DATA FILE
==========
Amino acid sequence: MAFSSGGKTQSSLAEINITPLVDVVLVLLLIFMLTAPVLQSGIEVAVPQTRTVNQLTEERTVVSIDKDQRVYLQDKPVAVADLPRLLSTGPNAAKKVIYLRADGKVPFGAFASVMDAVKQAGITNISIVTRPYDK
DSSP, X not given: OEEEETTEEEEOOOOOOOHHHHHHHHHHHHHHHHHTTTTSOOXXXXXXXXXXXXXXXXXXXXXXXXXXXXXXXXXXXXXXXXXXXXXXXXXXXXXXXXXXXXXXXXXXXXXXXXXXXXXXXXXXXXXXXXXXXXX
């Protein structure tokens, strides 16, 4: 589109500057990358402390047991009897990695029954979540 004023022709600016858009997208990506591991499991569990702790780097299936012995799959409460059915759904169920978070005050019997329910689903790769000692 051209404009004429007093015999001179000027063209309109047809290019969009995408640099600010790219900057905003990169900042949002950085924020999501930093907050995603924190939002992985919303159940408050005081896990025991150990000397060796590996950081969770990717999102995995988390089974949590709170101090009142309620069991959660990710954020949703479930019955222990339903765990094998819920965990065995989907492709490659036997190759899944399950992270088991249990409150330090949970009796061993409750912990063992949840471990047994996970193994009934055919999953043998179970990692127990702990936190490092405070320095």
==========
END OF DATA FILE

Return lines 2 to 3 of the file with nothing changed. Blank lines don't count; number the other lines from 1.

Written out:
DSSP, X not given: OEEEETTEEEEOOOOOOOHHHHHHHHHHHHHHHHHTTTTSOOXXXXXXXXXXXXXXXXXXXXXXXXXXXXXXXXXXXXXXXXXXXXXXXXXXXXXXXXXXXXXXXXXXXXXXXXXXXXXXXXXXXXXXXXXXXXX
């Protein structure tokens, strides 16, 4: 589109500057990358402390047991009897990695029954979540 004023022709600016858009997208990506591991499991569990702790780097299936012995799959409460059915759904169920978070005050019997329910689903790769000692 051209404009004429007093015999001179000027063209309109047809290019969009995408640099600010790219900057905003990169900042949002950085924020999501930093907050995603924190939002992985919303159940408050005081896990025991150990000397060796590996950081969770990717999102995995988390089974949590709170101090009142309620069991959660990710954020949703479930019955222990339903765990094998819920965990065995989907492709490659036997190759899944399950992270088991249990409150330090949970009796061993409750912990063992949840471990047994996970193994009934055919999953043998179970990692127990702990936190490092405070320095």